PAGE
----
When I was 16, we moved from Florida to Georgia. I became immersed in a new southern culture and became fascinated by a deeper awareness of spiritual things. Years went by. I went to college, where I got my bachelor’s degree in biochemistry, learning the tiniest details about the living world, almost exclusively from books and lab experiments. Now, when I think about my choice in college major, I wonder if my subconscious was trying to lead me back to the earth itself. But instead, more familiar to me than the feeling of dirt between my fingers or sand beneath my feet became working with sterile equipment, petri dishes, growth mediums, nitrile gloves, chemical solutions, lab safety glasses, and MS Excel spreadsheets. By the time I finished my degree, I was even more detached and arguably much more fearful of the environment. Maybe I just didn’t learn enough from my wonderfully gifted, tree-hugging biology teachers.
The more I learned about the natural world, the less I trusted it. Unlike in homes, classrooms, and laboratories, the environment could not be as well-controlled or predicted. Like many of the ancient philosophers and great thinkers of today, I wasn’t interested in respecting nature, but in defying it. After all, I grew up in a society which above all valued ways to gain more control over life, with the least effort possible. Sure we accept how our perspective on the living world has changed. The creativity and determination of humanity’s collective intelligence have delivered a very comfortable lifestyle, one my whole existence was built upon. Any thing that doesn’t help us maintain daily peace, order, and security, or gain greater satisfaction and happiness might not have a place in my world.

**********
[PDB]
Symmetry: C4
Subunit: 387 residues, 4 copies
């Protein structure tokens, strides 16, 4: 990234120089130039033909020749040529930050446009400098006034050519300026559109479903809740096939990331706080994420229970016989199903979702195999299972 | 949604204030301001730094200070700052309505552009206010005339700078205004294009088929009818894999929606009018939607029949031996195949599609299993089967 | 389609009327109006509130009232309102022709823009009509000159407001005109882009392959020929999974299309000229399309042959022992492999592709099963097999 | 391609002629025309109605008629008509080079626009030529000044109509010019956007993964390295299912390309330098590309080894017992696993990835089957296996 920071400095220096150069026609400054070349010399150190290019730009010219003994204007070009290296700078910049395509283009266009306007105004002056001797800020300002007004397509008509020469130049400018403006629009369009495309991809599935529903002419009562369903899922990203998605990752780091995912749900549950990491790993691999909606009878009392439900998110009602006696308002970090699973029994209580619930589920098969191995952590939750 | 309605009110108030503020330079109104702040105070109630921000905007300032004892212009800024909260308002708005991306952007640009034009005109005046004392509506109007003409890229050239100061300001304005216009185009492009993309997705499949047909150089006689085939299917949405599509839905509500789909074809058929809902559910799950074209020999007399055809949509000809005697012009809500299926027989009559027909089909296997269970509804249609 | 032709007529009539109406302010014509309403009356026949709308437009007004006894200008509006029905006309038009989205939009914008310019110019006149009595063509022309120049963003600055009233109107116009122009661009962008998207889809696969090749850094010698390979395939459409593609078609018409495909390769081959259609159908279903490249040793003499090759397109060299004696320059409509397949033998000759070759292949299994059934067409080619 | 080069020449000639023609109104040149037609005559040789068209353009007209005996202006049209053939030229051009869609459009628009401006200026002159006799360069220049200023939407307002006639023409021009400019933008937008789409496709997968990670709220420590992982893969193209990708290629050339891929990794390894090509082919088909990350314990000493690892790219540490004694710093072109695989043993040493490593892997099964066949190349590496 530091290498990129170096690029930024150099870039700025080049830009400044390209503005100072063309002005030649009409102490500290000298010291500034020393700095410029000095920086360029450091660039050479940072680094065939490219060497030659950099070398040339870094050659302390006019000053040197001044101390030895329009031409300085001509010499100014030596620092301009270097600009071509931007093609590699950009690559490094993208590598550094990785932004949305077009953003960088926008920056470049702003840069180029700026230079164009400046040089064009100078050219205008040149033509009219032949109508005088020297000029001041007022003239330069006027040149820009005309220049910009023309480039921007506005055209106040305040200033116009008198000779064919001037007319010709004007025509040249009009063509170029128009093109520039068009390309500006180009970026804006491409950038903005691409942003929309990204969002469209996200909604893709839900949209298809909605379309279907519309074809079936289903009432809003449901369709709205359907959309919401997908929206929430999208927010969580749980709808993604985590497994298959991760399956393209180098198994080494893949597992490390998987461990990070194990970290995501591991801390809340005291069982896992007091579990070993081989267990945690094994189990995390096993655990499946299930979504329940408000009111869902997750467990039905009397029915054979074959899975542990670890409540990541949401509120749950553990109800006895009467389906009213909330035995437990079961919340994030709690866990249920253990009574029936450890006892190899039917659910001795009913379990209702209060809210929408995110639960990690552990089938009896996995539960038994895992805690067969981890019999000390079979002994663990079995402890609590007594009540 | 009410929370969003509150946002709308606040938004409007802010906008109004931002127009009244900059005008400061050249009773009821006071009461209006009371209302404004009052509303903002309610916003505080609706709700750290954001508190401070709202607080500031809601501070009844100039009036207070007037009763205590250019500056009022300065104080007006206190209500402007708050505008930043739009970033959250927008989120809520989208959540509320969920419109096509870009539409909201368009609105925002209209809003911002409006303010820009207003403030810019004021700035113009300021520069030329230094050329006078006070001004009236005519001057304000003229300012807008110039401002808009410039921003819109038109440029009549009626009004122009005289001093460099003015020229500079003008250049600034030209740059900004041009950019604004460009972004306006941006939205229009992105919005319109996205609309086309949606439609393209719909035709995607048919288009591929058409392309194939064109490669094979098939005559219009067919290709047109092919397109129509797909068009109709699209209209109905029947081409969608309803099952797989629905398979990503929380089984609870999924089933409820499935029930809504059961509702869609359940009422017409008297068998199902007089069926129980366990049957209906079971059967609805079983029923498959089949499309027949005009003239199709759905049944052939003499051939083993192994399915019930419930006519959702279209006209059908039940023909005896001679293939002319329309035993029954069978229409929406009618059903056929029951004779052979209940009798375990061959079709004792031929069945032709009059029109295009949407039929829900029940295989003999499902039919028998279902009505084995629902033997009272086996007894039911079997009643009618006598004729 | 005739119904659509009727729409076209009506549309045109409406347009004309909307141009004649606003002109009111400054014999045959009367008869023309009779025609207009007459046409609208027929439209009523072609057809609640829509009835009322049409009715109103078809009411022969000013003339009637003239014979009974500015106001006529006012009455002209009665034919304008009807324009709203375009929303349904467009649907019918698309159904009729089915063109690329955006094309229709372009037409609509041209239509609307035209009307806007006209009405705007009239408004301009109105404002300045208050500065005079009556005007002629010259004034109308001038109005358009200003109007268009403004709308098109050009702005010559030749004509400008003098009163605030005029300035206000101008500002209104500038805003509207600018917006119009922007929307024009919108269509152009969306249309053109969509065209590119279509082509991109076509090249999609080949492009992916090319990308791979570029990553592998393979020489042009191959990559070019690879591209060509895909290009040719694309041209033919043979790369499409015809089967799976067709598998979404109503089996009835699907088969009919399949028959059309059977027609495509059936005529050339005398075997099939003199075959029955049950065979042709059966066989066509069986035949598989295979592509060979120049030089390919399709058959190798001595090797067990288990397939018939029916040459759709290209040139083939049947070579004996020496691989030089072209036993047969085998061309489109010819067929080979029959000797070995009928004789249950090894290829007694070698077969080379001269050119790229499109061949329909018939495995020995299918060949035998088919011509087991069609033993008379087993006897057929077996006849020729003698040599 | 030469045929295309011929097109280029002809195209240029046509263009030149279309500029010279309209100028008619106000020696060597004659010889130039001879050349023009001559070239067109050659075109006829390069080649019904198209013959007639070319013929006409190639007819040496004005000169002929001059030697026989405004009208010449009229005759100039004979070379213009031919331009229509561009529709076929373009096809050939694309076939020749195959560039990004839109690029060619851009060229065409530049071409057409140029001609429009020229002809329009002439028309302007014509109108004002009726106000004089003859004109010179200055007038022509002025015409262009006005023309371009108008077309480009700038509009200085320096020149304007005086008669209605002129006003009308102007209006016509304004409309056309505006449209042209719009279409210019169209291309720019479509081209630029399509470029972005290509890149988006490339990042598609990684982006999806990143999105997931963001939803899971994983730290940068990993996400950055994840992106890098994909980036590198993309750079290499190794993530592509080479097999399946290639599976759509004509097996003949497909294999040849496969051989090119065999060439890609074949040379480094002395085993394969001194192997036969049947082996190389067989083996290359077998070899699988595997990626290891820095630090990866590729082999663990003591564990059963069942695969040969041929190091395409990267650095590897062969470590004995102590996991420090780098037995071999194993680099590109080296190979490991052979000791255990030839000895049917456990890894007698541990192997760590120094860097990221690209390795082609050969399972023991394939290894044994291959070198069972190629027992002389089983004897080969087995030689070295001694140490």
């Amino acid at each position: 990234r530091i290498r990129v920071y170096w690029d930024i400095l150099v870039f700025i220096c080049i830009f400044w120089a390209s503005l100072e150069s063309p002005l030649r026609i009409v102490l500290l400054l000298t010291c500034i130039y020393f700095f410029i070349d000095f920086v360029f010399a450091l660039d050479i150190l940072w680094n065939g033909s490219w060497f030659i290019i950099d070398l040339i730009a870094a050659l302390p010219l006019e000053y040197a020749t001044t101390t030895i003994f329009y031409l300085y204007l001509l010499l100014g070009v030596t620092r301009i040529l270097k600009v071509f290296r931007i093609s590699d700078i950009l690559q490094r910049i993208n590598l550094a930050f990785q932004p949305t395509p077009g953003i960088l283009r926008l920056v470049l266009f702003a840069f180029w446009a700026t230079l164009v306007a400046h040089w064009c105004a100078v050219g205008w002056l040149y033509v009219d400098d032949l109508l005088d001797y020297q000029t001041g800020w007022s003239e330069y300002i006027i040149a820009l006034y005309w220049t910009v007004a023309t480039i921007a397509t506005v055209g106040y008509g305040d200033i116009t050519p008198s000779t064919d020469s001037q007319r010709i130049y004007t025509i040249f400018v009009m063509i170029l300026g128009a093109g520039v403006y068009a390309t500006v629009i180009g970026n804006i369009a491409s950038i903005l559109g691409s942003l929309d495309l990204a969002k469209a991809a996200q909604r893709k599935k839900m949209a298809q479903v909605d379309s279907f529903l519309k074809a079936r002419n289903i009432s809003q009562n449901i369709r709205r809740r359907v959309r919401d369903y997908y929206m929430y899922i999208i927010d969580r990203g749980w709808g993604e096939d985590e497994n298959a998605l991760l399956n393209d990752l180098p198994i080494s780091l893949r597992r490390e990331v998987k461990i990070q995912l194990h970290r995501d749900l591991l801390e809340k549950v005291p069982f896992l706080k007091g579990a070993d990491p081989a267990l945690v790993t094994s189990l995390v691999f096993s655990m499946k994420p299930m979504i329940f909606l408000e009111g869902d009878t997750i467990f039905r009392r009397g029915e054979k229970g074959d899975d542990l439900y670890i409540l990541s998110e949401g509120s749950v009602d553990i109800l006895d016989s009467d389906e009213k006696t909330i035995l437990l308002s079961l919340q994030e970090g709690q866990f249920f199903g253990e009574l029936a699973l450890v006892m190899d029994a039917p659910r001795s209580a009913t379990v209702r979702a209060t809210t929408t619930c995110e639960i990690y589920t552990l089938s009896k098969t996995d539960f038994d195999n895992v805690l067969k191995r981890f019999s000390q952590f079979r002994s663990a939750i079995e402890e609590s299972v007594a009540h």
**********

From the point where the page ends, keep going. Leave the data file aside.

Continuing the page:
Nature was a childhood book long ago placed on a high shelf, left for some other kid to find. And bugs? They were the living embodiment of an intimidating world outside my control.
Fortunately, nature evidently has a way of bringing us back to itself…
This was part 3 of the summer series, In the Heat of Things. If you dare, tune in next week, for the conclusion of Buggin Out, when, yes, I’ll actually talk about how I conquered the bugs! I warned you I was being sneaky…